- If you’re just getting started making smoothies, I recommend you start with just one powder, if any at all. Adding too many powders is a good way to end up with an odd-tasting smoothie, so keep it simple when you’re just starting out. You can experiment with more once you’ve got the hang of it.
- The important thing is that you add any dry smoothie ingredients now, before later adding wet ingredients like peanut butter. That way you can use one spoon for the dry ingredients, and then use that same spoon for the wet peanut butter.
- Add all powders at the same time, blend for a few seconds once again so all the powders are sucked up into the liquid, and you should end up with another nice liquid base with no remaining powder or chalkiness.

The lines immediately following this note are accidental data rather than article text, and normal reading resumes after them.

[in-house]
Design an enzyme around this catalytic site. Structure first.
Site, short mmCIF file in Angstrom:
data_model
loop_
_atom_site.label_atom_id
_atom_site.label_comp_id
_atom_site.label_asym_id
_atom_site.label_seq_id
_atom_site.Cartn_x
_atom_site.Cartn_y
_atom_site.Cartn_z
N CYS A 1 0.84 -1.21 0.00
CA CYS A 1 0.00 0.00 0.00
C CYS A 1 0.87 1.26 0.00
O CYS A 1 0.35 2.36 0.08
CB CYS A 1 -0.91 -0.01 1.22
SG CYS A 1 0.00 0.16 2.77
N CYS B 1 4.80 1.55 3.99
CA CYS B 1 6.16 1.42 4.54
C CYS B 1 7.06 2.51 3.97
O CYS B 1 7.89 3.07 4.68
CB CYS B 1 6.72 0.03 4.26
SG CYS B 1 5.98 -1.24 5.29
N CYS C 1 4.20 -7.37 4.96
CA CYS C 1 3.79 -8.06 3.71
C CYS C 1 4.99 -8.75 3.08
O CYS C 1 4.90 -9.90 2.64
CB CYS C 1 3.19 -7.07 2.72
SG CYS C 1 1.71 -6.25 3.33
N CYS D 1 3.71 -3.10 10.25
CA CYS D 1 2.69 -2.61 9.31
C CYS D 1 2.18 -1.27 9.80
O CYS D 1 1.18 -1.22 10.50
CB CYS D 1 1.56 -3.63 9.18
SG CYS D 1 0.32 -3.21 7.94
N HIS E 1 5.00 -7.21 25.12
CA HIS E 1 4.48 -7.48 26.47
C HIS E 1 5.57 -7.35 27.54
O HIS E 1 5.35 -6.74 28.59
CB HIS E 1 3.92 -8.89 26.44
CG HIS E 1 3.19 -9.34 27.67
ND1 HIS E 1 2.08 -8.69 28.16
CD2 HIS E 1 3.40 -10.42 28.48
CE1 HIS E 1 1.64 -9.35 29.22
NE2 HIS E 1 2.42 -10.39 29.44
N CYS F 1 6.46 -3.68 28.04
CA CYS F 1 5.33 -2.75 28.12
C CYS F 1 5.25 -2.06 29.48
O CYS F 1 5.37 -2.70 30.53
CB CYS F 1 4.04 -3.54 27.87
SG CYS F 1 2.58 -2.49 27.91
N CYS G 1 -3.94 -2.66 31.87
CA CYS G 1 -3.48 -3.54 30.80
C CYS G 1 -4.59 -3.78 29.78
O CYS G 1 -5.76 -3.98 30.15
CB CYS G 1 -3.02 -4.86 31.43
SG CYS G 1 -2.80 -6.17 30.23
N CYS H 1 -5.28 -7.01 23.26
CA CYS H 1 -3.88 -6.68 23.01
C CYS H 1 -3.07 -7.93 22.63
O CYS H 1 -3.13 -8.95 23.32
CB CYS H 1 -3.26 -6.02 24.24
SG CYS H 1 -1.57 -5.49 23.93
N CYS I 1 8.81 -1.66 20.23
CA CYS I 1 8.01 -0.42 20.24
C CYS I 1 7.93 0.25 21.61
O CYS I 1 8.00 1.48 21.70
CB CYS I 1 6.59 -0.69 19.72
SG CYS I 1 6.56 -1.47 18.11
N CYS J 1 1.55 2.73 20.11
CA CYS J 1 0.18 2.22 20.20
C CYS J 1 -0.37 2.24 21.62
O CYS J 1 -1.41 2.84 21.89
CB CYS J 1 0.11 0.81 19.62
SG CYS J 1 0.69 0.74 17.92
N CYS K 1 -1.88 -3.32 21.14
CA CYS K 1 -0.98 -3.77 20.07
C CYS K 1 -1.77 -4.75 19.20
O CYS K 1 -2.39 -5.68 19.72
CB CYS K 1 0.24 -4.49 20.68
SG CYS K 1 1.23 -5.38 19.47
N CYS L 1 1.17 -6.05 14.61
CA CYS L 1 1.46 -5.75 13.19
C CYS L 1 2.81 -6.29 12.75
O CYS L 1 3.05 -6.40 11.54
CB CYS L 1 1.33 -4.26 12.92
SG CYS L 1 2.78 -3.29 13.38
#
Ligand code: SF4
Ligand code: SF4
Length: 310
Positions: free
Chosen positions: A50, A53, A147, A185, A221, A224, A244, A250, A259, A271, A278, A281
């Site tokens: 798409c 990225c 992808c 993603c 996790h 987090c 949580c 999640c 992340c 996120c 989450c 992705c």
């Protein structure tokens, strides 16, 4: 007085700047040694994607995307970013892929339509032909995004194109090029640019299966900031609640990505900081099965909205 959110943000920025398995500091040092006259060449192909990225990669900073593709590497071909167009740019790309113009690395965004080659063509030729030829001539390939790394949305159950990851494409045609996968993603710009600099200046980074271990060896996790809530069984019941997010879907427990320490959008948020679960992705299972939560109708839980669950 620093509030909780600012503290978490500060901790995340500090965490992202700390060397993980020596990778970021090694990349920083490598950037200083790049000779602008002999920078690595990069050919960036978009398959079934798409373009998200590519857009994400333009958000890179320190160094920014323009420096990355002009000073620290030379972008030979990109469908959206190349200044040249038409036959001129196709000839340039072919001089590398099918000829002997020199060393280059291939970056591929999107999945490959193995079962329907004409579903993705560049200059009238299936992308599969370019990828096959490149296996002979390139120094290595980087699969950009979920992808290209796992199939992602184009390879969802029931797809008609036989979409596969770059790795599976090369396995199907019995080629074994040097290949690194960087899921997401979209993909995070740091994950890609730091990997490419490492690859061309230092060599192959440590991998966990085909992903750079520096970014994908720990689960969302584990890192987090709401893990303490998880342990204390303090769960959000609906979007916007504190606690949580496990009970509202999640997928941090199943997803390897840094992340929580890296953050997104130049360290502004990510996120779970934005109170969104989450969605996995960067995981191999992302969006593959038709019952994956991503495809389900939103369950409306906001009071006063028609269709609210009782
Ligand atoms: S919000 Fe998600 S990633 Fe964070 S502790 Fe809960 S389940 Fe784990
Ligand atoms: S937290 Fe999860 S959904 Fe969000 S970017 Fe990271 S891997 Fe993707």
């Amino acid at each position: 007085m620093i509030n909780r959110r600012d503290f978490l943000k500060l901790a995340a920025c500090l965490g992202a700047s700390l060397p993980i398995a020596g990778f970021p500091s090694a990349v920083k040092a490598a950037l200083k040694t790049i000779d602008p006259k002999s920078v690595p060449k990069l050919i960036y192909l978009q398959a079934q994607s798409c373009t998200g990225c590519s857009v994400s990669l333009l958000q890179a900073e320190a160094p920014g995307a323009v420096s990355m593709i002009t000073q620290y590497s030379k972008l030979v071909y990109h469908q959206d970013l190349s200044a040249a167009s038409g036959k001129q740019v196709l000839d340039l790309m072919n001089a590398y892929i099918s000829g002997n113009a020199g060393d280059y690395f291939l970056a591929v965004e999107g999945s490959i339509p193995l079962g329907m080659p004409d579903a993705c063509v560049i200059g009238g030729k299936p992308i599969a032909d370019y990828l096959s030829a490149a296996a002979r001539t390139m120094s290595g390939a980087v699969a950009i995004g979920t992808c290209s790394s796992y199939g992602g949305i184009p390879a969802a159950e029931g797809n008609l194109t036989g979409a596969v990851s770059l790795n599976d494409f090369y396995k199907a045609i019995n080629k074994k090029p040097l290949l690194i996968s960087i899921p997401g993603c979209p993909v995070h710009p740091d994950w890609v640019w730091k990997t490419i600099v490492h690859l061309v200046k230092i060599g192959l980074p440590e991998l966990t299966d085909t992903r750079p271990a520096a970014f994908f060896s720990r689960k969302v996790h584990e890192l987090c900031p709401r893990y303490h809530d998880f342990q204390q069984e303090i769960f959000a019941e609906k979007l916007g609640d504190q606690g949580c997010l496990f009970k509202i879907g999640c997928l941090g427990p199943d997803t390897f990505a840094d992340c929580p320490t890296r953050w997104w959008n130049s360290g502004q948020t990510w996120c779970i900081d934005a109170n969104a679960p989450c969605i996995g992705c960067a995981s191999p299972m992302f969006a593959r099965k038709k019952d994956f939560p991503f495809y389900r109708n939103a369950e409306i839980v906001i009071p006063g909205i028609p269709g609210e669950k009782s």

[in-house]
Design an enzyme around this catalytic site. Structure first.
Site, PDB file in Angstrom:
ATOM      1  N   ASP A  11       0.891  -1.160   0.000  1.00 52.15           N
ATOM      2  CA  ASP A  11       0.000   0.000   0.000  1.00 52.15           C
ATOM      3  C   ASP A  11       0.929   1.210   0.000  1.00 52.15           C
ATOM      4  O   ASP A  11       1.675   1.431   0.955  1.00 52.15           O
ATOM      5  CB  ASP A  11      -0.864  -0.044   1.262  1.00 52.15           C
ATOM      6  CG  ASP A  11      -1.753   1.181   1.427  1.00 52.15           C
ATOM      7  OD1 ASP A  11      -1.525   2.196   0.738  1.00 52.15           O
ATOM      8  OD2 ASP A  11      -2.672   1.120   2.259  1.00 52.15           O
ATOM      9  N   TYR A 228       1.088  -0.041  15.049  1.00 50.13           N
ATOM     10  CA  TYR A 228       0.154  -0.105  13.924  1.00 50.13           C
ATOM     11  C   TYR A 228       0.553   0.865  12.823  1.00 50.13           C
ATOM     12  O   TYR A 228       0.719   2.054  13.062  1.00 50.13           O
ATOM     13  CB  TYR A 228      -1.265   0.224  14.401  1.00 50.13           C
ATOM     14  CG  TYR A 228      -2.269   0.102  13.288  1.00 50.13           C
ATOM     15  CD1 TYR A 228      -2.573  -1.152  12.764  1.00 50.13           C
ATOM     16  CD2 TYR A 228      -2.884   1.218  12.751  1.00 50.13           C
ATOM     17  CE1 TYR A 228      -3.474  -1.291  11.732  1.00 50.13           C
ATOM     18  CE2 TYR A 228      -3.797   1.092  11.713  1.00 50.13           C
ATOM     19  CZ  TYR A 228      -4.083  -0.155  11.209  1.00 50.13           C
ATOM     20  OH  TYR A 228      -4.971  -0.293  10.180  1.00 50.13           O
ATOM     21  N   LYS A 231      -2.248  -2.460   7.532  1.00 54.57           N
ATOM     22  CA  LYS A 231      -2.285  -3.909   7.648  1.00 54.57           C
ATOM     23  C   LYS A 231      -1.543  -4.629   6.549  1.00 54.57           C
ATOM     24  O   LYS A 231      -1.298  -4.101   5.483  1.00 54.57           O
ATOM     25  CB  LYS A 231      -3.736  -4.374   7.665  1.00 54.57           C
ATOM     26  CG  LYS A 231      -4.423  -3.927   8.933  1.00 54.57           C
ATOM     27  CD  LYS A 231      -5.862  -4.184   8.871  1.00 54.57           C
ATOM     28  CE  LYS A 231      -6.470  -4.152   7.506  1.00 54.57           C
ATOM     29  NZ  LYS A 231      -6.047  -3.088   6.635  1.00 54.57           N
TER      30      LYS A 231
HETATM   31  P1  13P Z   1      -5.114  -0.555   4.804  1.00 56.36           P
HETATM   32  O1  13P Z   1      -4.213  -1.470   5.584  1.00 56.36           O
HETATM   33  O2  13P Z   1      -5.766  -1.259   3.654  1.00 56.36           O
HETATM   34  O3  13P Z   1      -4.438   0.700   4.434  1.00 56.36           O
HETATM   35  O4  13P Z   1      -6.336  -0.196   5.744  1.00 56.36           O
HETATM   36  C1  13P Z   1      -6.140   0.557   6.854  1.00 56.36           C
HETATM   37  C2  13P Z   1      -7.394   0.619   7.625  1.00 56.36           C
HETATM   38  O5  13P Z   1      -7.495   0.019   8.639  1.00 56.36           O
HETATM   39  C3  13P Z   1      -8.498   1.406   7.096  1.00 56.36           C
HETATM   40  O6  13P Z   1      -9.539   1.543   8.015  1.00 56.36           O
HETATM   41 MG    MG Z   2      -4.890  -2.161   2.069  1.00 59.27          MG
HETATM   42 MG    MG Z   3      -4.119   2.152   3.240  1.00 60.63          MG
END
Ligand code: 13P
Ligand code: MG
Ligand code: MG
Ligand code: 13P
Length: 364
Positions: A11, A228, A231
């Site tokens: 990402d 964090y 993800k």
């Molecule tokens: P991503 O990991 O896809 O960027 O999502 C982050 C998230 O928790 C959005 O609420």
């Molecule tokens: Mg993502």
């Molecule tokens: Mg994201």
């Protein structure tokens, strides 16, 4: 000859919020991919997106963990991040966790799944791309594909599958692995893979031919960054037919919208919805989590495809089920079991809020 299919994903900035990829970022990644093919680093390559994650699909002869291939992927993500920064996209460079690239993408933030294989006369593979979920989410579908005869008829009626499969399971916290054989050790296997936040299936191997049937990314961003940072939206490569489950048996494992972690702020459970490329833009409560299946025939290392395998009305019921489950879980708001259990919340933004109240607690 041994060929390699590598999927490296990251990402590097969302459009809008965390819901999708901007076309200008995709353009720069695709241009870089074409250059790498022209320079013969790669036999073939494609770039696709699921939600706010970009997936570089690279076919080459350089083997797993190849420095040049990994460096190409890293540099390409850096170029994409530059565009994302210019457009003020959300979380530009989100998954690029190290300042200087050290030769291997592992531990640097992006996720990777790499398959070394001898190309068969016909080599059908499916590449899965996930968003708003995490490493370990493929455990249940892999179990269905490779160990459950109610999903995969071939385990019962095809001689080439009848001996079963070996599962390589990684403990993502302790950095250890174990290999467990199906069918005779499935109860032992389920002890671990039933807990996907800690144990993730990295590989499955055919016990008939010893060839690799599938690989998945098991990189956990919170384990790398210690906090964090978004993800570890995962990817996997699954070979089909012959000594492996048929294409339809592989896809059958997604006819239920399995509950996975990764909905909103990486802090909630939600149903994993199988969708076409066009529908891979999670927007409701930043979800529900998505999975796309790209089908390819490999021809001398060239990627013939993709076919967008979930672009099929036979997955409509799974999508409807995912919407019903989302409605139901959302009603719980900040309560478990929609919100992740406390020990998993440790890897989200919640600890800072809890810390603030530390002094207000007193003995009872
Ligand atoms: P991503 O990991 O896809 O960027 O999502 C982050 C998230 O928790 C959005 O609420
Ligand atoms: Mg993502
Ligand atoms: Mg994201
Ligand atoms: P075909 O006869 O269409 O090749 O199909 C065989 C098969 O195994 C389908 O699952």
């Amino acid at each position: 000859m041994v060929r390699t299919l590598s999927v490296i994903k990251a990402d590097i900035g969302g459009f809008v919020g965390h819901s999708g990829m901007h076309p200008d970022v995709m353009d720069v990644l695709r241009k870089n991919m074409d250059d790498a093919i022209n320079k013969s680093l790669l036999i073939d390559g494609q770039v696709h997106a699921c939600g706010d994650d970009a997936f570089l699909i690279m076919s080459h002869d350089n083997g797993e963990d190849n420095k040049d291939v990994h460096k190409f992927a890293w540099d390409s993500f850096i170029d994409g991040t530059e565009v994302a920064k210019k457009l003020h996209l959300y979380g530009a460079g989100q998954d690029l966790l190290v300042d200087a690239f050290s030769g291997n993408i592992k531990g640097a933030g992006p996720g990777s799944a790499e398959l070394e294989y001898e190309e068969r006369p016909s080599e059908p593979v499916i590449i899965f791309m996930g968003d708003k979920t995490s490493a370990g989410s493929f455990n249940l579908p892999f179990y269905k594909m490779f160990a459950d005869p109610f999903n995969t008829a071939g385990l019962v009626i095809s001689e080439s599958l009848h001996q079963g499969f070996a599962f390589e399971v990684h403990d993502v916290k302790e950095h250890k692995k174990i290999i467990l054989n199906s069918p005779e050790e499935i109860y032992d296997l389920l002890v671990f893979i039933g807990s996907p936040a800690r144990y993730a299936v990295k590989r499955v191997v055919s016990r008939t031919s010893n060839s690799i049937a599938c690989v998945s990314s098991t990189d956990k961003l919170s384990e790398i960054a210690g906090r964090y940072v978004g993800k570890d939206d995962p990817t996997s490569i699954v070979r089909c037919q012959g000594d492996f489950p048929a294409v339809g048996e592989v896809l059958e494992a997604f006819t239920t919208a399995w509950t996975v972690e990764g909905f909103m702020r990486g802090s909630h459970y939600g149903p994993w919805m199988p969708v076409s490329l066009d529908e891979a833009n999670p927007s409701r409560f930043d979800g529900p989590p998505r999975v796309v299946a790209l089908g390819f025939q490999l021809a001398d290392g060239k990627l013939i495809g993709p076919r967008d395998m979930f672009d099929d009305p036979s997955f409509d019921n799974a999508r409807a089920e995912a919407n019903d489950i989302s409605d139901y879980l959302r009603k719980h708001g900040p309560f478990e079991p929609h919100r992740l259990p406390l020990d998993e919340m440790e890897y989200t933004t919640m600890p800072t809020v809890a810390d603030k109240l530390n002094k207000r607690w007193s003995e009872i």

Step 3: Any Remaining Dry Ingredients
- If you’re using any nuts, seeds, or other extra ingredients, repeat the above with those ingredients.
- The important thing is that you add just a few ingredients at a time, then blend on a low setting until it’s all mixed together into a liquid.
- Some common options that I use are walnuts, chia seeds and ground flax seeds.
Step 4: Repeat the Above with Peanut Butter or other Nut Butter
- Options are peanut butter, almond butter, sunflower seed butter, cashew butter, macademia nut butter, cacao butter, nutella or hazelnut butter, coconut butter, the list goes on.
- You can find a lot of these at Whole Foods or Mother’s Market, if you live in the US. Outside the US you’ll be lucky if you even find peanut butter, and forget about the others.